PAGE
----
Malaysia: Another animal bill on the way

Stricter law will inform people how to care for animals
Tan Choe Choe New Straits Times 1 Jan 12;

KUALA LUMPUR: THERE is already an Animal Act 1953 and there will be an Animal Welfare Act soon -- two laws instead of just one to look into the proper handling, care and welfare of animals in Malaysia.

Although the former is regarded as almost obsolete and is awaiting amendments and the latter has yet to be tabled, has Malaysia come to a stage where there is a need for so many laws to tell us how to care for animals?

In the past 31 years that he has been in the Veterinary Services Department (DVS), Datuk Dr Mohammad Azmie Zakaria said he had seen how Malaysians had become "more and more detached" in their dealings with animals.

He described how people he met during the earlier years of his service in the industry, used to cry if their animals were harmed or injured -- even if they were just cattle used to till the land.

"They cared for them because the relationship between the animal and their livelihood and their family was so close," the director of biosecurity and the sanitary and phyto-sanitary division told the New Sunday Times in an interview recently.

Dr Azmie said that rampant commercialism today had changed all that.

"You own it, but you probably don't touch it. You see it as a business and somebody else cares for it. So you don't feel for the animal. We want to bring back the element of seeing that animal as part of your family."

Azmie said this was also true in the case of pets. With affluence, more and more people would want to own pets because they were cute or because they were expensive and a status symbol. "Pets become toys. People forget that owning a pet comes with responsibility -- that you have to not just care for it and give it shelter, but also to provide for its emotional well-being."

There was a need to re-educate our society, he said.

"Animals are living, breathing beings -- like you and I -- and they can experience pain, joy and sadness, too.

"We have to have laws to restructure, to re-align our society back to the kind of thinking that we have lost."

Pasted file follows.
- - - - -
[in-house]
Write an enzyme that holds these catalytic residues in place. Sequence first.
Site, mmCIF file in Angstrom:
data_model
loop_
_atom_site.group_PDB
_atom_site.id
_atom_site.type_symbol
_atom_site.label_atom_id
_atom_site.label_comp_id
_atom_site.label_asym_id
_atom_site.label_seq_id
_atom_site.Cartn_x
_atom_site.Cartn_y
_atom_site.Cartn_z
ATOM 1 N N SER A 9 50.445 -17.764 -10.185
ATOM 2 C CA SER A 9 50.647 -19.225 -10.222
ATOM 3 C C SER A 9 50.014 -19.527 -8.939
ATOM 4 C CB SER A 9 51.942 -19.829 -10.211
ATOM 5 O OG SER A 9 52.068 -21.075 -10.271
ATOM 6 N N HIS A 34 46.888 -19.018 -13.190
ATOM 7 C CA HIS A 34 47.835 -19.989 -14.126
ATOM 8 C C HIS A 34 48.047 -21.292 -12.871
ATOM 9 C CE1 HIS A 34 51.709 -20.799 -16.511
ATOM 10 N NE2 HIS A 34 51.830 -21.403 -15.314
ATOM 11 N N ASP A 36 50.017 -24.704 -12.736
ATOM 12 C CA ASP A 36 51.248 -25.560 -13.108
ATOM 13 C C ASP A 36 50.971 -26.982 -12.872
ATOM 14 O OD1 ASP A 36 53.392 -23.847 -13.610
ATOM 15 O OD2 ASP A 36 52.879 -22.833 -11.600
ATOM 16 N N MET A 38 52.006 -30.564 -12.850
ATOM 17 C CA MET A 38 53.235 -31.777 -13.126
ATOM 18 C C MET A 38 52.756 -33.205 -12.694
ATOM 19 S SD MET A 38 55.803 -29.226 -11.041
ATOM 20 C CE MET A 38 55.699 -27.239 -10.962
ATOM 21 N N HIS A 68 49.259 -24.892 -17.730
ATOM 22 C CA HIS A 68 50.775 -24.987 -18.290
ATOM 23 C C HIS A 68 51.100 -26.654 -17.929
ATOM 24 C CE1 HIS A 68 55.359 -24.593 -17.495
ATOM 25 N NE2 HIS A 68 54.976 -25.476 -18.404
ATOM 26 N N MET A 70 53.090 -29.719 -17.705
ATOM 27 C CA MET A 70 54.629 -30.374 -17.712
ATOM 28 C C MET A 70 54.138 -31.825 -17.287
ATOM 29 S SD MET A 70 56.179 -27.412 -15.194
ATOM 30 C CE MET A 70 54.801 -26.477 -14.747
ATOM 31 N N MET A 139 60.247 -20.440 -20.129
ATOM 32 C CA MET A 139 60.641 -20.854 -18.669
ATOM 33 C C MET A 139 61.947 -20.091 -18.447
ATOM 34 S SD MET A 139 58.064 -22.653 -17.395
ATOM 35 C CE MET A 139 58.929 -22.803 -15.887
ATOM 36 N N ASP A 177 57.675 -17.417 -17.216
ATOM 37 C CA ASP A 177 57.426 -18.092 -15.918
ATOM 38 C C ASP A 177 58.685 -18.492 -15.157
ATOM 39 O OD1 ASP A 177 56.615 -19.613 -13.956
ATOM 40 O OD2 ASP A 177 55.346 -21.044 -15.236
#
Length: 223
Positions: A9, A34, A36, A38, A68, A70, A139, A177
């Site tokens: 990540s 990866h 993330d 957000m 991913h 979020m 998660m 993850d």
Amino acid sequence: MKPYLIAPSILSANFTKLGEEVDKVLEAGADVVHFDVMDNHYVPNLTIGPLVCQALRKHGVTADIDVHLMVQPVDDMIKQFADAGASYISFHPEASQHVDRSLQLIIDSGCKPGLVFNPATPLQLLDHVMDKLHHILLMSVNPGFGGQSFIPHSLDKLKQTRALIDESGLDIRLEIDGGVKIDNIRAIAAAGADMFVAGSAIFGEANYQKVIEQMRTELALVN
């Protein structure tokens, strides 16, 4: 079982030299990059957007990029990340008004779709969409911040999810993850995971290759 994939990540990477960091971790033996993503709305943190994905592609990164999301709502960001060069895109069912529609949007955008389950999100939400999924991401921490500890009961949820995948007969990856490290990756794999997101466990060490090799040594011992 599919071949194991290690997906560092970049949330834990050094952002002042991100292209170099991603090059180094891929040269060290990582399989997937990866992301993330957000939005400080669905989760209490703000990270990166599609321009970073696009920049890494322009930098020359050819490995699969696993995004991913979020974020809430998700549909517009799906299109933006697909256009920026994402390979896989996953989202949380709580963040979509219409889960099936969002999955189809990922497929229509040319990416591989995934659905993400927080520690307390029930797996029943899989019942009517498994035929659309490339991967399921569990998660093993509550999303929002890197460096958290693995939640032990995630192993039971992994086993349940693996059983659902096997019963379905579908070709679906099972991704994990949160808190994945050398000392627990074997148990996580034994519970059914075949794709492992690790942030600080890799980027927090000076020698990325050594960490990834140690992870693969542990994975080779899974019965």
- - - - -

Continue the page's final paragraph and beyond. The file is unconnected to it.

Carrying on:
Azmie said it was no longer sufficient to only look at the issue of cruelty to animals.

"That is very real but very basic. When we talk about animal welfare, we are talking about beyond that, about improving our people, our attitude, our world views and civic consciousness to another level."

As such, the department, under the Agriculture and Agro-based Industry Ministry, is drafting the Animal Welfare Bill -- which it hopes will become law by the end of this year -- for this purpose.

DVS director-general Datuk Dr Abd Aziz Jamaluddin had last September revealed that once the Animal Welfare Act became law, it would punish those who were cruel to animals with a fine of up to RM100,000 and a jail term of not more than six months. It covers all types of animals, including fish and insects owned by individuals or businesses.

The term "animal cruelty" will also being redefined in the act -- for example, whether intentional or accidental. Failure to feed an animal is tantamount to cruelty.

The act was originally scheduled to be tabled in Parliament early next year.

"We have the draft act ready but we are still soliciting feedback from relevant stakeholders now."

While it is clear that this act will take some time to become law, Azmie said the ministry was gravely concerned about the issue of animal welfare in the country now -- from the cases of abuse that have been cropping up, not the least of which was the recent issue of pet cats allegedly being left to starve in an animal hotel at Damansara Damai, Selangor.

As such, as an interim measure, the Malaysia Animal Welfare Advisory Committee has been set up to address any issues related to animal welfare now.

Through this platform, animal welfare activists and animal lovers can raise and bring to the attention of relevant authorities any matters pertaining to animal welfare.

"One of the priorities outlined by this advisory committee now is the issue of management of strays," said Azmie.